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Murders & acquisitions -- traders are psycho: study

It's something that all of us, even traders themselves, have suspected -- traders are even more psycho than the average psycho!

That's the result of a study from the University of St Gallen in Switzerland, Der Spiegel reports. Researchers ran tests on 28 traders, and found that stockbrokers' behavior is more reckless and manipulative than that of psychopaths. See the most rogue traders in the graph below.

That news, coming as it does in the midst of a mild financial crisis, nearly halted the Marketplace Daily Pulse altogether today and had us calling for a crash cart.

But after we recovered, we realized that this shouldn't come as a surprise. After all, who else but a bunch of self-interested, narcissistic sociopaths could have brought us to the brink of financial collapse. It made some of us here wonder how Tea Party-affiliated Representatives would have done on the test.

And the idea of finance guys being deranged isn't new, by any means. in American Psycho, Brett Easton Ellis created Patrick Bateman, a magnificently sociopathic character interpreted memorably by Christian Bale. And then there's Jack The Ripper, who wielded his blade a short stroll down Cornhill and Leadenhall Street from London's Royal Exchange.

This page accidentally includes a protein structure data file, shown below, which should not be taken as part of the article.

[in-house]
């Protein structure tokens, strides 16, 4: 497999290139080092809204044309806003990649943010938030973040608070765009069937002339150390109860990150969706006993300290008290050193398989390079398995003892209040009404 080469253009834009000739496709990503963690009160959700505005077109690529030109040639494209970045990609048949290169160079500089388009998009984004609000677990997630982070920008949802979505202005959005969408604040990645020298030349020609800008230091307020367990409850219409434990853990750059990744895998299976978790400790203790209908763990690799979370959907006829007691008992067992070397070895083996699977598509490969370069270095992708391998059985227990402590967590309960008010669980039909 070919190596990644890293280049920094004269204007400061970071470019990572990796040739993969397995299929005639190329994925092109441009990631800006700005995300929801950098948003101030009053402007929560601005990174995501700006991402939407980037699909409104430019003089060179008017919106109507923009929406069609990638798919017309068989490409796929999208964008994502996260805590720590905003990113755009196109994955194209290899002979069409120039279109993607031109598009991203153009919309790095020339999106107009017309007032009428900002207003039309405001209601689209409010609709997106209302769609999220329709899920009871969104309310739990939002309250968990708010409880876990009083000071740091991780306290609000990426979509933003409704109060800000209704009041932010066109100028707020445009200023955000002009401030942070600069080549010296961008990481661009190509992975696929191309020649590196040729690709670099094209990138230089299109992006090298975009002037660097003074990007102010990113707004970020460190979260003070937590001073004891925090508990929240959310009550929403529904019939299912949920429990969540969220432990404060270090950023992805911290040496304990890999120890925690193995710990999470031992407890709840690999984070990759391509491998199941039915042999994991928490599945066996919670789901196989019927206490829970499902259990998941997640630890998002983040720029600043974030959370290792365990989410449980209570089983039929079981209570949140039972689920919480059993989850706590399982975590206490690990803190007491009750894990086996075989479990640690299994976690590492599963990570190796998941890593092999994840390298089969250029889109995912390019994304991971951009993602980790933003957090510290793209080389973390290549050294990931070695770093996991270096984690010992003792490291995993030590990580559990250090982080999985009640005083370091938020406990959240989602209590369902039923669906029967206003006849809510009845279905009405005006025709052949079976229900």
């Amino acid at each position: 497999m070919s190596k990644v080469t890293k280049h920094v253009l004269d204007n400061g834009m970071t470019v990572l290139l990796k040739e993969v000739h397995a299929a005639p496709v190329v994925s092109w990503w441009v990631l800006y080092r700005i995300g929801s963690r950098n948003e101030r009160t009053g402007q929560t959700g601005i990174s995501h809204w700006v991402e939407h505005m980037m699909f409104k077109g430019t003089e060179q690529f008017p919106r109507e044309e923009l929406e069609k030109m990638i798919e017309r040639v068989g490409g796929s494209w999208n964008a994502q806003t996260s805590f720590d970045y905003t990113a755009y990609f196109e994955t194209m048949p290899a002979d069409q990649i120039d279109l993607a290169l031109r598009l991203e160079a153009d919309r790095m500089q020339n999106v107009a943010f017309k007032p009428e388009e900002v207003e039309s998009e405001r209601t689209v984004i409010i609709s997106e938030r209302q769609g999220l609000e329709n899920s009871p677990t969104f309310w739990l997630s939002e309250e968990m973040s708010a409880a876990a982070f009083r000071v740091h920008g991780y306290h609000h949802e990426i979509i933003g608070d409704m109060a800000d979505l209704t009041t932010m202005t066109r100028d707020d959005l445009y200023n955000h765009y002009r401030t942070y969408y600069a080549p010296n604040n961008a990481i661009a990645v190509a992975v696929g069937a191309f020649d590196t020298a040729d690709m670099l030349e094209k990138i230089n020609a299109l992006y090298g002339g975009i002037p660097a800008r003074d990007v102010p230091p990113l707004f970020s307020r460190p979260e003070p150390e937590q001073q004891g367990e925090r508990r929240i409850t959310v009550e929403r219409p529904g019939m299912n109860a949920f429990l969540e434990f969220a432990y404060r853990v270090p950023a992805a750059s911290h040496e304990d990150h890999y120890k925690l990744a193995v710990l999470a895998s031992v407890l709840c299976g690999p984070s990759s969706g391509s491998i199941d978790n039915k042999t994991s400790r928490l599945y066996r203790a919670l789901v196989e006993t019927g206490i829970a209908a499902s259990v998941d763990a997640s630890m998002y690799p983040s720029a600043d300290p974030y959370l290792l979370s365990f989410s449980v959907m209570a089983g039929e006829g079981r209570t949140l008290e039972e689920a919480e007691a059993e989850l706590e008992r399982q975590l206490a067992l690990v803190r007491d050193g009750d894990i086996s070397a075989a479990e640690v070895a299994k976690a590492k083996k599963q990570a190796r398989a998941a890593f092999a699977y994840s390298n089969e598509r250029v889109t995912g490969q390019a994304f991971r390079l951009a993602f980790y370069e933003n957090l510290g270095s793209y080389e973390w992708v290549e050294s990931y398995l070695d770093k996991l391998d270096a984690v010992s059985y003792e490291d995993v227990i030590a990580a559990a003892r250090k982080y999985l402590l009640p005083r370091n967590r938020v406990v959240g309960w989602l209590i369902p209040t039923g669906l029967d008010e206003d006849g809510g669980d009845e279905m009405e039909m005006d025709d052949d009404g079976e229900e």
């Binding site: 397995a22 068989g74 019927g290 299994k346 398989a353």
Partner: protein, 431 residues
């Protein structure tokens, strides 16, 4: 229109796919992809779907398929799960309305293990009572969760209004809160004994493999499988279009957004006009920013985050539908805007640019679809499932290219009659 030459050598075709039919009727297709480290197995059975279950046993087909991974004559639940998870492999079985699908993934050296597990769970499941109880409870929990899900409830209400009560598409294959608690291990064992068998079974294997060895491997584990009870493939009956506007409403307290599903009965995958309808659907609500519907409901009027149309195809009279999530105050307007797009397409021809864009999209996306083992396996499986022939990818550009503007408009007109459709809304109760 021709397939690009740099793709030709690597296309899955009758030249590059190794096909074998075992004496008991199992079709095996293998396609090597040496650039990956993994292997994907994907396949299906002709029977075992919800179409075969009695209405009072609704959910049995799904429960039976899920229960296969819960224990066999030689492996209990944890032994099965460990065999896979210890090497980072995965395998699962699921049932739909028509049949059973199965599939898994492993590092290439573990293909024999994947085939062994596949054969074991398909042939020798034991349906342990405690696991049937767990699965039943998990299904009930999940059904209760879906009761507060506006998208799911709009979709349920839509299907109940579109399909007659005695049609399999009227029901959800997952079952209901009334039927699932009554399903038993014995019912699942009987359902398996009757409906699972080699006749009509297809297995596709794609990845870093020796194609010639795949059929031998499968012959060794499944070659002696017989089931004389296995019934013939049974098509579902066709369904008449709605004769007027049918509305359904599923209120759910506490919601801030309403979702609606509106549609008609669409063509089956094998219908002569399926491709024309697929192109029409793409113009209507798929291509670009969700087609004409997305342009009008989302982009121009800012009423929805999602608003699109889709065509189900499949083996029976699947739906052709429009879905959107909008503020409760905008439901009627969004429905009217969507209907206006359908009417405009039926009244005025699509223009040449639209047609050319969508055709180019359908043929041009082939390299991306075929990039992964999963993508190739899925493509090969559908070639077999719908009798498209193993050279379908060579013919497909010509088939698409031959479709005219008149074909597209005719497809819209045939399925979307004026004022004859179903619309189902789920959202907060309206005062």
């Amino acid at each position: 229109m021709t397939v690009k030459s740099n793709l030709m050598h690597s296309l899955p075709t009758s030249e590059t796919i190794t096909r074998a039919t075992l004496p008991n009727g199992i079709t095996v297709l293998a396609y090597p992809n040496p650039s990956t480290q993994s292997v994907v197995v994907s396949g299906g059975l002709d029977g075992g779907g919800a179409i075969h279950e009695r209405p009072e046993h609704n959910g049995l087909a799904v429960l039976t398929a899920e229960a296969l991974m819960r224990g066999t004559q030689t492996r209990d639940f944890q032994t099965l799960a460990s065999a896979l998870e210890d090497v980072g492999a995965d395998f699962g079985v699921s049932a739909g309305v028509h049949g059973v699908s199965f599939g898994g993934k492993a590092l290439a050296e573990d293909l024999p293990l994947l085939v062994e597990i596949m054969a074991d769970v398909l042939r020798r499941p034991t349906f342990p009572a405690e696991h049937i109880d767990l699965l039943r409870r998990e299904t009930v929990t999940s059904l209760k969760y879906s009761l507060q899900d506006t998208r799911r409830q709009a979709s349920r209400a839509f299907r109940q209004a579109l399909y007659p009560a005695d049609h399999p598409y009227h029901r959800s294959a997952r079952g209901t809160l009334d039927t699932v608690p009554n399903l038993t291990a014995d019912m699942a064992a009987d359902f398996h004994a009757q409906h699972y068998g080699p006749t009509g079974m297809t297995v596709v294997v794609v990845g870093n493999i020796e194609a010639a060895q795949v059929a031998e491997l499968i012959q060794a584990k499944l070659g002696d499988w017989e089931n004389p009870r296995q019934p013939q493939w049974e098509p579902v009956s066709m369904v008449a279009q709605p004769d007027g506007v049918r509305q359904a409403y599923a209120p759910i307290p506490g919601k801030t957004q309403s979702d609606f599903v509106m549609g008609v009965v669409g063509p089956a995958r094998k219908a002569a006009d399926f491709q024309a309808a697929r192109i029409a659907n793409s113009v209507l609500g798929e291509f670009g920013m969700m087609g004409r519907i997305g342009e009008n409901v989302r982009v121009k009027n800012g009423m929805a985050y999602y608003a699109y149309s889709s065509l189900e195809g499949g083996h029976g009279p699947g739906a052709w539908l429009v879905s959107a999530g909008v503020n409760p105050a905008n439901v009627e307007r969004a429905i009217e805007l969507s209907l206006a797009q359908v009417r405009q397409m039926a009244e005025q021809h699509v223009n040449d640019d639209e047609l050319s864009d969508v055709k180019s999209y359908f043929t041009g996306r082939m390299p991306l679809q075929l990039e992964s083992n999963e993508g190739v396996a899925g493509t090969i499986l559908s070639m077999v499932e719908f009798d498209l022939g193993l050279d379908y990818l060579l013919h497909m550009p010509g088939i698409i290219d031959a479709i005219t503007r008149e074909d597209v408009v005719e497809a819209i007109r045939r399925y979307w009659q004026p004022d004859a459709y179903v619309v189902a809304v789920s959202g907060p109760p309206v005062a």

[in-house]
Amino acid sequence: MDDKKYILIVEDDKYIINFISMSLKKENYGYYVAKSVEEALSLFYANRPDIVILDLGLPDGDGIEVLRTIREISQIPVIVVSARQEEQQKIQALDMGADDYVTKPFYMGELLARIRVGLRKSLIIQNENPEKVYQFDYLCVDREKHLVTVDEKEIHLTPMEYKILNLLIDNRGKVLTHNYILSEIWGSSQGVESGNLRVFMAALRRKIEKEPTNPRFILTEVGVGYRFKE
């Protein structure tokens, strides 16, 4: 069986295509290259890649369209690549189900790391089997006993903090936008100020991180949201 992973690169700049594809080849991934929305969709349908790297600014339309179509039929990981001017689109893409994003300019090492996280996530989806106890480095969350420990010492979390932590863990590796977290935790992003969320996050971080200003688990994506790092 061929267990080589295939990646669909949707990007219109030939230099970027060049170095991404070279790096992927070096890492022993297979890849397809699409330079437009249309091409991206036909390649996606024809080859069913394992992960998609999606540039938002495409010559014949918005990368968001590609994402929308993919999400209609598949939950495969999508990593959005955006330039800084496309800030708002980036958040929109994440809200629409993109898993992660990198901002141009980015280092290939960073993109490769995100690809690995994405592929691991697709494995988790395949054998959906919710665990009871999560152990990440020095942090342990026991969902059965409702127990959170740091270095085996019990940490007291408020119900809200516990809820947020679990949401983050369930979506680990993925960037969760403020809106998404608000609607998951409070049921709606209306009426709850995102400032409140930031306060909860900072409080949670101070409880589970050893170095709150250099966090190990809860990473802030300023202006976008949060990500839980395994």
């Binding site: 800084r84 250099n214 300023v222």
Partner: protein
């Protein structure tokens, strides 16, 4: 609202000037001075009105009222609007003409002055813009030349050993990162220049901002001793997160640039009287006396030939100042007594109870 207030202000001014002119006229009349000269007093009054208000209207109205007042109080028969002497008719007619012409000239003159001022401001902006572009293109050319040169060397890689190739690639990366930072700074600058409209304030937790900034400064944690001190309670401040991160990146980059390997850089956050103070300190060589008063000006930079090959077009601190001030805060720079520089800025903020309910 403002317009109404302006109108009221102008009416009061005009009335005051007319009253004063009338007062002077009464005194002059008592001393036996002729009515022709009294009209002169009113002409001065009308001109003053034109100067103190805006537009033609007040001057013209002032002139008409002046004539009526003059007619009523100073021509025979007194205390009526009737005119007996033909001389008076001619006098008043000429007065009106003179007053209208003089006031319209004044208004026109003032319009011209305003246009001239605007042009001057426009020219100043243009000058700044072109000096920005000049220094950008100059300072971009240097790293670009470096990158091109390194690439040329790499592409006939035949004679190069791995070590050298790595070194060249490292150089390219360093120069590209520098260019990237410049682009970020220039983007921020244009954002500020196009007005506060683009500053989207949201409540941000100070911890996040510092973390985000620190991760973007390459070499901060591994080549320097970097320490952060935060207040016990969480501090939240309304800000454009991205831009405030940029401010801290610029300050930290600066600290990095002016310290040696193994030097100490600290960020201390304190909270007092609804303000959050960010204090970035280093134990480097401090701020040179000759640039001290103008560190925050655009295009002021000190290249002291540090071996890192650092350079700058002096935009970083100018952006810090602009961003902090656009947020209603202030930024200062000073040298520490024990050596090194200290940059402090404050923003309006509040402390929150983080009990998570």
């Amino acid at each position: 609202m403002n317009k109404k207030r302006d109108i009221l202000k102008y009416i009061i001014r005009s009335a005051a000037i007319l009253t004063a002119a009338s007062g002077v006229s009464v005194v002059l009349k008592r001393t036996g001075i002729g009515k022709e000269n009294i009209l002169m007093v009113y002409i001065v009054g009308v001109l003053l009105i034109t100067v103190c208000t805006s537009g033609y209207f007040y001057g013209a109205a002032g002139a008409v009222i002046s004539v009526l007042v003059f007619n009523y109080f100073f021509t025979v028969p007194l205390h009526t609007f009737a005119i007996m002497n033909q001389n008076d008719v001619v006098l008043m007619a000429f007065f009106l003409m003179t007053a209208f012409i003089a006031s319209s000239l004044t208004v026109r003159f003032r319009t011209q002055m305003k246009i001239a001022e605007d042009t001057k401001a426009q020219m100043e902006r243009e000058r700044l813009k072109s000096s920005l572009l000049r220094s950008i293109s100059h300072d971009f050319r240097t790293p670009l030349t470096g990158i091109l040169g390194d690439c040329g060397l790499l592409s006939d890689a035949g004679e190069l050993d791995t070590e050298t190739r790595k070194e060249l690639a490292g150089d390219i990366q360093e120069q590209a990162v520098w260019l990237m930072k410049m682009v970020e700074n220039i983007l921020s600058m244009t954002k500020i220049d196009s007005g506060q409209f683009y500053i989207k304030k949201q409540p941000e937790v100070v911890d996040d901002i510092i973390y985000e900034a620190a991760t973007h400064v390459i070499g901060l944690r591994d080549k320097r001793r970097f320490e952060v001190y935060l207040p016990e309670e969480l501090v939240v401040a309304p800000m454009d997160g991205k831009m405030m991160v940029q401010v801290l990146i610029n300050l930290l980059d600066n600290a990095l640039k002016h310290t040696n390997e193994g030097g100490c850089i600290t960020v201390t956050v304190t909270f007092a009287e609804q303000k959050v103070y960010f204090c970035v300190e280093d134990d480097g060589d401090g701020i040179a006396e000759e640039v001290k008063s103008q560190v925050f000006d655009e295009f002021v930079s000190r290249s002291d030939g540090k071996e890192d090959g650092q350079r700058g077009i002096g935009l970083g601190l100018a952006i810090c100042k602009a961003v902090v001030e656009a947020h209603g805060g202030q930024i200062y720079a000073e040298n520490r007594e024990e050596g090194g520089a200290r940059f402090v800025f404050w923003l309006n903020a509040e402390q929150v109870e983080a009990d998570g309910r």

Thomas Noll is a lead administrator at the Pöschwies prison north of Zurich, and a co-author of the University of St Galen study. He told Der Spiegel, "Naturally one can't characterize the traders as deranged, but for example, they behaved more egotistically and were more willing to take risks than a group of psychopaths who took the same test."

Particularly shocking for Noll was the fact that the bankers weren't aiming for higher winnings than their comparison group. Instead they were more interested in achieving a competitive advantage. Instead of taking a sober and businesslike approach to reaching the highest profit, "it was most important to the traders to get more than their opponents," Noll explained. "And they spent a lot of energy trying to damage their opponents."

Using a metaphor to describe the behavior, Noll said the stockbrokers behaved as though their neighbor had the same car, "and they took after it with a baseball bat so they could look better themselves."

The researchers were unable to explain this penchant for destruction, they said.

About the author

Paddy Hirsch is a Senior Editor at Marketplace and the creator and host of the Marketplace Whiteboard. Follow Paddy on Twitter @paddyhirsch and on facebook at www.facebook.com/paddyhirsch101

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